Former Art Buyers and current photography consultants Amanda Sosa Stone and Suzanne Sease have agreed to take anonymous questions from photographers and not only give their expert advice but put it out to a wide range of photographers, reps and art buyers to gather a variety of opinions. The goal with this column is to solicit honest questions and answers through anonymity.
Certainly others, along with myself, would like to see your Ask Anything series cover the topic of treatments in great detail. Amanda and Suzanne may have visual insight into this they could share.
Are these treatments formal? Scattered thoughts through email? A conference call related to, “This is how I will make your pictures…”?
I’ve searched fairly well with Google and found very little on the topic. For many photographers, the existence of treatments will be new, especially with how they’ll go down when the big job calls.
From Amanda and Suzanne:
We have a joint client who does the most amazing treatments before any photo shoot. The Rhoads have been very kind to let us show you a treatment they submit to every client. And since so many photographers do not create these, we reached out to our friends to get their take on the importance of a treatment.
We sent the treatment to art producers and art directors. Here is their response:
Senior Art Producer – International Ad Agency
love a treatment, get them all the time, it really helps. with everything being so literal now, the vision from the photographer really helps. directors do it all the time, with the lines blurring still guys are doing this as well.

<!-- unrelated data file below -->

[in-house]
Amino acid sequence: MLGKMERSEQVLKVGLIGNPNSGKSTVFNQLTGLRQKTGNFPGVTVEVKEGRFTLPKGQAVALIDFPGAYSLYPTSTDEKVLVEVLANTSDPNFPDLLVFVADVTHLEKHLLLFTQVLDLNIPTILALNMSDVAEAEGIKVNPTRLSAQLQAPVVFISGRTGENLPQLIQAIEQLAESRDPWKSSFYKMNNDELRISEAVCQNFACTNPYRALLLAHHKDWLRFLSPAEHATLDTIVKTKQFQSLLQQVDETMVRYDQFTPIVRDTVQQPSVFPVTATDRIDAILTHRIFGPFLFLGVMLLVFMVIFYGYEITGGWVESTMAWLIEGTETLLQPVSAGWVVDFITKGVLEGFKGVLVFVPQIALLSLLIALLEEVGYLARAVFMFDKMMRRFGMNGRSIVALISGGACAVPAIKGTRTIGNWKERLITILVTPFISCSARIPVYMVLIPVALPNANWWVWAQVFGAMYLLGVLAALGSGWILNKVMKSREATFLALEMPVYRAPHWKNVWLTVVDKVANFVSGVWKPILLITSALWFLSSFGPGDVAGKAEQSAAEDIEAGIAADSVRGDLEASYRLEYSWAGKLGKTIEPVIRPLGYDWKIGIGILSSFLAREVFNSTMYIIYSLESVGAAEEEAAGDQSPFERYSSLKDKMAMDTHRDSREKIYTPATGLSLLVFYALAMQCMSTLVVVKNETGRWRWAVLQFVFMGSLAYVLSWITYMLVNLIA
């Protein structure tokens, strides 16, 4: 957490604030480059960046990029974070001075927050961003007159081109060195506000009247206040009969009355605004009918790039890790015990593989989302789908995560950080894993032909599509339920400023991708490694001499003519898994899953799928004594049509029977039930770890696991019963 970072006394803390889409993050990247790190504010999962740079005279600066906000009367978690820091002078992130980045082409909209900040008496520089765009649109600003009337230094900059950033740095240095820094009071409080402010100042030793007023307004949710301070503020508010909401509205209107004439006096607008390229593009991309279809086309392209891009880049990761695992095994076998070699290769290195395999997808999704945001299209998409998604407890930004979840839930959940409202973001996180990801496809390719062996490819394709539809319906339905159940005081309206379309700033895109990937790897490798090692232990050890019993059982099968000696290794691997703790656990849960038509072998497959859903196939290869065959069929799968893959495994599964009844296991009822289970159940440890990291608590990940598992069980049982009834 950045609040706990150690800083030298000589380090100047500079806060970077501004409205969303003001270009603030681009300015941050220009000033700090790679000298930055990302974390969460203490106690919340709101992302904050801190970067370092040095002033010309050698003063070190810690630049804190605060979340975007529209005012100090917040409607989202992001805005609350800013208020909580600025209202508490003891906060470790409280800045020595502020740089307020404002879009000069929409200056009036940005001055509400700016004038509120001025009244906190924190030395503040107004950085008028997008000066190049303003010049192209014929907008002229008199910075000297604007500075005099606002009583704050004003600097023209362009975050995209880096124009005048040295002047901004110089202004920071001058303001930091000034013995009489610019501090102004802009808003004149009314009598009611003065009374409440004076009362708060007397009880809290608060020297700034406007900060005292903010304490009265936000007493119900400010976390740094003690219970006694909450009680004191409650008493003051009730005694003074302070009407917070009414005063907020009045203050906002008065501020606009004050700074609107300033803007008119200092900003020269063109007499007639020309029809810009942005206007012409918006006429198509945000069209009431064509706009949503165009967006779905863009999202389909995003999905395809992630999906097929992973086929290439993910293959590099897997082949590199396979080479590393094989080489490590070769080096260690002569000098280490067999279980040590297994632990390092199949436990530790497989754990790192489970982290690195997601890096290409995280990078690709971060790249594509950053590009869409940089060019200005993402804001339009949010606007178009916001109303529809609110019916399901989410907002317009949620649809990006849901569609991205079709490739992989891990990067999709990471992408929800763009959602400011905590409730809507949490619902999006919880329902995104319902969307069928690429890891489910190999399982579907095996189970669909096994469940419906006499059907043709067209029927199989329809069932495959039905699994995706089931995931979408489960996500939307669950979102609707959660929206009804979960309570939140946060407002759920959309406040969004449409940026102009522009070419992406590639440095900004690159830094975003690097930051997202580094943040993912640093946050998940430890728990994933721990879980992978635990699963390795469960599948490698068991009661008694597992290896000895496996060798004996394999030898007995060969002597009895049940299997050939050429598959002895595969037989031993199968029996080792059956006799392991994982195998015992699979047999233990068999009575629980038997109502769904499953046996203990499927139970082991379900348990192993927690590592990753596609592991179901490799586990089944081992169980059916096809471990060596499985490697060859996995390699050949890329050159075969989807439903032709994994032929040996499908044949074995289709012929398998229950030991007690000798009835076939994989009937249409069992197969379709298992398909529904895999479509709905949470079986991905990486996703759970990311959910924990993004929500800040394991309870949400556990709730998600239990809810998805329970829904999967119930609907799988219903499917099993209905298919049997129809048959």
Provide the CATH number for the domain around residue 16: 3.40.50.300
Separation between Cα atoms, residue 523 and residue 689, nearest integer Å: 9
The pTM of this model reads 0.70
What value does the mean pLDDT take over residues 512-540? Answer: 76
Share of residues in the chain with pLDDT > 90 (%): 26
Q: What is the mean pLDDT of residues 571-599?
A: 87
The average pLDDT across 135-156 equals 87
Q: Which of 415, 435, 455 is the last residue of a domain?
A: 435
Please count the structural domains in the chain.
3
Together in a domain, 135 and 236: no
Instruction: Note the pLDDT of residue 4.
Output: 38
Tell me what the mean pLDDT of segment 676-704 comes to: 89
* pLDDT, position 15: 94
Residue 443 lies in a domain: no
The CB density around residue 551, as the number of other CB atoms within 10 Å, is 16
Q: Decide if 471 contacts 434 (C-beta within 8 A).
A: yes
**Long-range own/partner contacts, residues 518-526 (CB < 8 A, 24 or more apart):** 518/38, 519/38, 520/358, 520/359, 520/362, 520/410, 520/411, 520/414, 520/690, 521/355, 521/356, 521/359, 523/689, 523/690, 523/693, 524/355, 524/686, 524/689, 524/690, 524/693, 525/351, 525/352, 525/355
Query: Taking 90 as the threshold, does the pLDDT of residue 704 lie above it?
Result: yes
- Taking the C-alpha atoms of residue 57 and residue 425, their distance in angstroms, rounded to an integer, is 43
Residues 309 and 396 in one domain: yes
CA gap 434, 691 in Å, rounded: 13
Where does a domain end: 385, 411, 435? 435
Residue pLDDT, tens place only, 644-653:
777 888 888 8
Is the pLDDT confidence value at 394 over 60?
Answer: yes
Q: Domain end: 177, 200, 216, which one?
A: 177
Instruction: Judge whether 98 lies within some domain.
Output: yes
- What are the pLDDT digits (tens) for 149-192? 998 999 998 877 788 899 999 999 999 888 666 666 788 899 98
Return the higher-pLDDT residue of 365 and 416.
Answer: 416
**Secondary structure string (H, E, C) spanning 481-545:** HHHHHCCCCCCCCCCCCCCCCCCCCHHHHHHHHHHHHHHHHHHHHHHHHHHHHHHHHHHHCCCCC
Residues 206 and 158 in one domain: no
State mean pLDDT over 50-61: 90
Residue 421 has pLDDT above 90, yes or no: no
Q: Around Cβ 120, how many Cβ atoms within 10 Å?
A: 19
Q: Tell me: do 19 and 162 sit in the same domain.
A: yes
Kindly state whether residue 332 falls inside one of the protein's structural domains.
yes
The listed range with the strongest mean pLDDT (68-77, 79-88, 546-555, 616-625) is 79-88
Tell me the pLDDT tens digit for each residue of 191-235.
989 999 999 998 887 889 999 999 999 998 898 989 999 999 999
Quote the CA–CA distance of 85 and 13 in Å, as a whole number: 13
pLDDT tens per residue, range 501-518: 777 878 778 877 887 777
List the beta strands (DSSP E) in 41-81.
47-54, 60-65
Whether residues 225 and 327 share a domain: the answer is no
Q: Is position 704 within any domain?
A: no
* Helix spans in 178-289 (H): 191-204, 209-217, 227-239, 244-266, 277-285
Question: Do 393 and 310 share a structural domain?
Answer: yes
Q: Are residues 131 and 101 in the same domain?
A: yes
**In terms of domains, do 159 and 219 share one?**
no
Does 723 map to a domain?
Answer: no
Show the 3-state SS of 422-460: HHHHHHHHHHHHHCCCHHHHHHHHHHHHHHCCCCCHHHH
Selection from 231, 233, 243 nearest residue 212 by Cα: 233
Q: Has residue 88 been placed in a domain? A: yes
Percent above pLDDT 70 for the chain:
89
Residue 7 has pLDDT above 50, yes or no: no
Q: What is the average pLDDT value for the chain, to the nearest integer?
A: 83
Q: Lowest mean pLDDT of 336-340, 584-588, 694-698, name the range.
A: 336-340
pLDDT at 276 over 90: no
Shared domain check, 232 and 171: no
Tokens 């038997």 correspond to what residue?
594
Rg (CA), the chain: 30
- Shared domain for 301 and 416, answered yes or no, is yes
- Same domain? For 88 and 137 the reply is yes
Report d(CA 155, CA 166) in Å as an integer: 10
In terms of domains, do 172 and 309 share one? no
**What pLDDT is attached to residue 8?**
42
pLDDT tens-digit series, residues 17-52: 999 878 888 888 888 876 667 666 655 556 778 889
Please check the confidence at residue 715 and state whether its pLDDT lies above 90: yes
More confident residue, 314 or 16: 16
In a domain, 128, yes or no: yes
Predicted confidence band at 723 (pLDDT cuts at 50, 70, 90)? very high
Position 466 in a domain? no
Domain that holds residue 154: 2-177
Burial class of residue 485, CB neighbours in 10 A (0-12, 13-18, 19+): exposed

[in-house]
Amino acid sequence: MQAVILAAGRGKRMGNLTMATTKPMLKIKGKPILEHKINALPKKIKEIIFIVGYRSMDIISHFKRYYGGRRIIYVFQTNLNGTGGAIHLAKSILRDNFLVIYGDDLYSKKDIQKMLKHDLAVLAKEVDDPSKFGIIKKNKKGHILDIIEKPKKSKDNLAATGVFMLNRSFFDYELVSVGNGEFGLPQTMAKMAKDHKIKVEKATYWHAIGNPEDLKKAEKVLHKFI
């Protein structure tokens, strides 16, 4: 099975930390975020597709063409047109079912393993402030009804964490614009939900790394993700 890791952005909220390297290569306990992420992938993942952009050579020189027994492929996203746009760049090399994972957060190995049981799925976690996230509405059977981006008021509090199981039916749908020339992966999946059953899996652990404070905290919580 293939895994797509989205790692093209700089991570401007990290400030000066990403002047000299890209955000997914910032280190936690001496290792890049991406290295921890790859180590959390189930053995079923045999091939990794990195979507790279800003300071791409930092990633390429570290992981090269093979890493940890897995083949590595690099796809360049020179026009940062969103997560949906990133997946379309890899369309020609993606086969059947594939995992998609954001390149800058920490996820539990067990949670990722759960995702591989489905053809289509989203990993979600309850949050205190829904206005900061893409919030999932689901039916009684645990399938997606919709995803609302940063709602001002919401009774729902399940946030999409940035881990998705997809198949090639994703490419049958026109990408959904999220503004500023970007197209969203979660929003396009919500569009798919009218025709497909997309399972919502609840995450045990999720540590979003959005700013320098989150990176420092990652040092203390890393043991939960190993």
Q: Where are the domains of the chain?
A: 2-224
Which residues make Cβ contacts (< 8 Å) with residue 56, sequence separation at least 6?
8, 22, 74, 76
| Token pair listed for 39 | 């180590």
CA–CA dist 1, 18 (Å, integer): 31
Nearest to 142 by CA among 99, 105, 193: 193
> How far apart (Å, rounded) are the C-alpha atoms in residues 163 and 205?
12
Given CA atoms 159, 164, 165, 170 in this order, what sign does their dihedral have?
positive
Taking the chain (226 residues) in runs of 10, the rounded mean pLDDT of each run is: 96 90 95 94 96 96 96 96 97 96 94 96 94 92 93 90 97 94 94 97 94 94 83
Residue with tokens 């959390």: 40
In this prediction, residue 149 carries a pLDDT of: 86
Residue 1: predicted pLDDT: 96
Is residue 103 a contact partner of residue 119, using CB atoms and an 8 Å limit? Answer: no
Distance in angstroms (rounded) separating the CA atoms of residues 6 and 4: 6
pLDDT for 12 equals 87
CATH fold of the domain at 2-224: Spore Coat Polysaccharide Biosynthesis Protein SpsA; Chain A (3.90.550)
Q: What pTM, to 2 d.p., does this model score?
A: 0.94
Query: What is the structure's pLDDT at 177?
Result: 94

Art Producer – Smaller Ad Agency
This is usually along the lines of what I’m working on to be prepared for a pre-pro if I’m producing. (If the photographer has their own producer I’m expecting them to put this together for the pre-pro.) I have mixed feelings about it. My control-freak nature would most likely make me feel like I’d need to make tweaks to it and use my client’s typeface, logo, etc; but on the other hand if a bulk of this work is done, it for sure helps me out. I guess it wouldn’t make or break the deal for me.
Senior Art Producer – Large NYC Based International Agency
I think this is visually fabulous. There’s all kinds of clients and all kinds of needs depending on the client want when it comes to pre-pro books. This is evidently a fashion pre-pro treatment. Not to say that they don’t have all the same needs. So below is what I love and what I think is missing.
Concept – I like knowing what the concept or creative treatment is.
Cast- I need to see photo’s not just names.
Setting- I need to see location pictures.
Inspiration/Styling – wardrobe/hair samples – great mood board
Location Shots/Bar & Hotel – great mood board
The following is some of the things that are missing. Now these maybe things that are separate from the pre-pro book. It all depends On how the photographer is handling it. I think of the pre-pro book
Call Sheet/Contact Info.
I think of a Pre-Pro Book as bible…I want any and everything in it. When we’re on shoot’s we really cling to it. This being a fashion shoot
It maybe just enough. Not for my clients or account teams.
Senior Art Producer – International Ad Agency
For large shoots, we absolutely expect treatments from photographers. Some are quite elaborate, others are simple like this one.
Side note: presentation decks (usually PowerPoint pdfs or printouts) have become extremely important in selling through ideas. We would use the treatment in a presentation deck for what we call a “pre-bid” meeting, which is the meeting with the client in which we bring our client up to speed with what we’re thinking regarding photographer choices and other details prior to actually estimating and producing.
Pre-pro decks have become very elaborate because of the need to outline every single detail prior to shooting.
You heard it directly from their mouths. Treatments are important and often crucial to the success of a shoot. It helps everyone get on the same page visually. We speak visually, so should your treatments. Please note the difference between the treatment as a whole and a pre-pro book. The pre-pro book contains everything everyone needs for the shoot, client name, details of all the people involved and everyone’s contact info, the schedule of the day, etc…including the treatment of visual direction. We recommend the treatment be submitted during the pre-pro meeting as an added bonus to the shoot and to make sure everyone is seeing eye to eye.